The sort of creative play and learning that unfolds in a Forest School setting is truly magical. It is pure, child-led imagination and ingenuity that manifests itself in outdoor environments that are visited and re-visited on a regular basis by the same group of children. Children literally build their own worlds and play and learn from their experiences in nature as it changes from season to season and year to year. But Forest School ethos includes the fundamental element of time that is so central to its nature and so vital to what makes it effective. Overtime, as the child becomes familial with their surroundings, group, and environment they receive, from them, direct feedback to their engagement. The child's hand, heart and mind engage with tools, technology, environment (natural environment and friends) and within that engagement they make, test, tinker, try, play, negotiate, and create things form their imagination over and over and over again with the key ingredient of time. In that space they learn about quest, how to become independent and creative thinkers, how to work in groups, what works and what needs more work, how to self-correct, what talents the kids in their group posses and much more. The learning that happens is exponential, multilayered, deep and meaningful. So, how do we lean into learning outdoors if we are working as an educator or parent that is bound by time?
Leaning into Learning Outdoors and the Maker Space
The opposite of play is not work.
In his book, Play: How it Shapes the Brain, Opens the Imagination, and Invigorates the Soul, Stuart Brown states, Though we have been taught that play and work are each the other's enemy, what I have found is that neither one can thrive without the other... The quality that work and play have in common is creativity. In both we are building our worlds, creating new relationships, neural connections, objects. Even demolition or sand castle smashing is a kind of creativity, since they clear the landscape, opening the way for new building. At their best, play and work, when integrated, make sense of our world and ourselves... Play is called recreation because it makes us new again, it re-creates us and our world. (p 126)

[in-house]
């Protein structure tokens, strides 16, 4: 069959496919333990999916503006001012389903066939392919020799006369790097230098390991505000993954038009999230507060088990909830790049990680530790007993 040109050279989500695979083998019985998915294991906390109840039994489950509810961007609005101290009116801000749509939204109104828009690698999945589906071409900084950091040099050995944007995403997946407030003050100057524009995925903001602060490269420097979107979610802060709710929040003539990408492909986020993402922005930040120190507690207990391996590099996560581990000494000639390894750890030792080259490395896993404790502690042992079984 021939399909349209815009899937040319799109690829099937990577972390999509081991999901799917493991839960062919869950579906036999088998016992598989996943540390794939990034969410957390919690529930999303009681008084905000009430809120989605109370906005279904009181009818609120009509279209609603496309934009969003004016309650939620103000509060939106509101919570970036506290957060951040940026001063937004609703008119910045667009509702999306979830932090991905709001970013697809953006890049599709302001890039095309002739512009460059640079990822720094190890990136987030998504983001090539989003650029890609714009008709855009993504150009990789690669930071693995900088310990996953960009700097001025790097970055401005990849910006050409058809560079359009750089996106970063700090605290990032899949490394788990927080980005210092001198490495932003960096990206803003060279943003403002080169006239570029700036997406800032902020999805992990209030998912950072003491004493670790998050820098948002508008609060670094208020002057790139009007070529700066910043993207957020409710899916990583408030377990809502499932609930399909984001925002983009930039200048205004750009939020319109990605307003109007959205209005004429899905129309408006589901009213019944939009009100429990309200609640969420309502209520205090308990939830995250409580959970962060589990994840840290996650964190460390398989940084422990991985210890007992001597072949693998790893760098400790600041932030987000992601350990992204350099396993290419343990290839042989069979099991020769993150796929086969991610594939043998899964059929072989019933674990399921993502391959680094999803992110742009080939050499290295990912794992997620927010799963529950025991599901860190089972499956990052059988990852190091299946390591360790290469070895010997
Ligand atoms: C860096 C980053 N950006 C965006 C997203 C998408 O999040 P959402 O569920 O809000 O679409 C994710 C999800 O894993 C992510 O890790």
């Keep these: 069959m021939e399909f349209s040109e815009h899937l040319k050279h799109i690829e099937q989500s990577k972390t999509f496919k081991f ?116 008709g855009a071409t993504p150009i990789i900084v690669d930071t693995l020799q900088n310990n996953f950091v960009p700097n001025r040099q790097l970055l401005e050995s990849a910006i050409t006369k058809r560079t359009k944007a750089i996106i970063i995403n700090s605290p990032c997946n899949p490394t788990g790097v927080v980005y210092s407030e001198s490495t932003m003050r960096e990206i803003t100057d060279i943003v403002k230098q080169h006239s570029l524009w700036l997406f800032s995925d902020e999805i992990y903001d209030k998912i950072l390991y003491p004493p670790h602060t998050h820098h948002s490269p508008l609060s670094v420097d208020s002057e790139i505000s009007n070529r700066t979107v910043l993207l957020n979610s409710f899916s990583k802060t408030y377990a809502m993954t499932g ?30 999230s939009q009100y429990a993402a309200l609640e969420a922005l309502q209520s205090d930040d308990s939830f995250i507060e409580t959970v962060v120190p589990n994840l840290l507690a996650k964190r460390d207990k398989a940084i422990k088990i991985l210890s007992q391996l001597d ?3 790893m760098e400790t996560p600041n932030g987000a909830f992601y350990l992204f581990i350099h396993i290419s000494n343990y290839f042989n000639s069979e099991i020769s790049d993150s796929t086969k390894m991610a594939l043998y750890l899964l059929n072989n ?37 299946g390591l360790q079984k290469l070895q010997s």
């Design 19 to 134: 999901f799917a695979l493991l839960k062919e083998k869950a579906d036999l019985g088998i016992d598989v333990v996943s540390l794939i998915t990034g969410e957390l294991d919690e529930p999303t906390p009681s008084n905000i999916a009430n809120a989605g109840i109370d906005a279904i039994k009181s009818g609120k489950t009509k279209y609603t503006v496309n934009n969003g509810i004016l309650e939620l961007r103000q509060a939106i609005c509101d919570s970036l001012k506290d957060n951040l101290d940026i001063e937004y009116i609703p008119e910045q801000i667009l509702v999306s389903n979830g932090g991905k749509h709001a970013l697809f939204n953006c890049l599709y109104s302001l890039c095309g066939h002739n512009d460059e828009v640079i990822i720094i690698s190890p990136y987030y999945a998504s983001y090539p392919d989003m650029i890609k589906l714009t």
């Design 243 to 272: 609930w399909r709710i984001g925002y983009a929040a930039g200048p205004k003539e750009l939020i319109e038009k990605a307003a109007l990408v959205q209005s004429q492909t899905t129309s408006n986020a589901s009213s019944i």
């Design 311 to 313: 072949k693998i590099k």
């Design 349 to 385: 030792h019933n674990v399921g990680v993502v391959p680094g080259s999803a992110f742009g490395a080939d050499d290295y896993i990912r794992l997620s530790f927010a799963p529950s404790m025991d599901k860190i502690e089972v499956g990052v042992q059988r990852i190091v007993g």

Part of Forest School ethos includes the maker space. Our Global Cardboard Challenge 2015, originally inspired by Caine's Arcade, took place in our stunning community forest and we invited children of all ages to participate. Building Worlds: From Bark to Box and Back came together through the collective contributions of local businesses, Tinder Tinder Forest Nature School, ThinkinEd, Imagination Foundation, and Makedo and was looked at through an environmental lens. How do we foster an ethic of care for the environment? We started off with the nature of place and the idea of returning the product back to its original state. Creating in nature around the trees with cardboard and paper products. We always provide inspiration books but one in particular to note was Once Upon a Memory. Through our provocation we asked the question does the box remember that it once was a tree?
Follow that Box: We made a specific point of using boxes that have already served their purpose and after using them in our forest encounter we then loaded them on our truck and drove them to the recycling centre to be re-used again.
Thinking Outside the Box
Learning in the outdoors does not mean taking the contents and learning materials from your classroom into the outdoor environment. It means learning in, with, and through the natural space that you play, discover, explore and learn in everyday. It is for this reason that the only materials that we provided for our cardboard challenge were cardboard, paper, and clay and the tools to create and make. The rest was from the natural surroundings that we played and explored in. On our adventure walk children gathered, explored, played, and wondered about their surroundings. As they experienced the phenology of place they selected their favourite found nature treasures....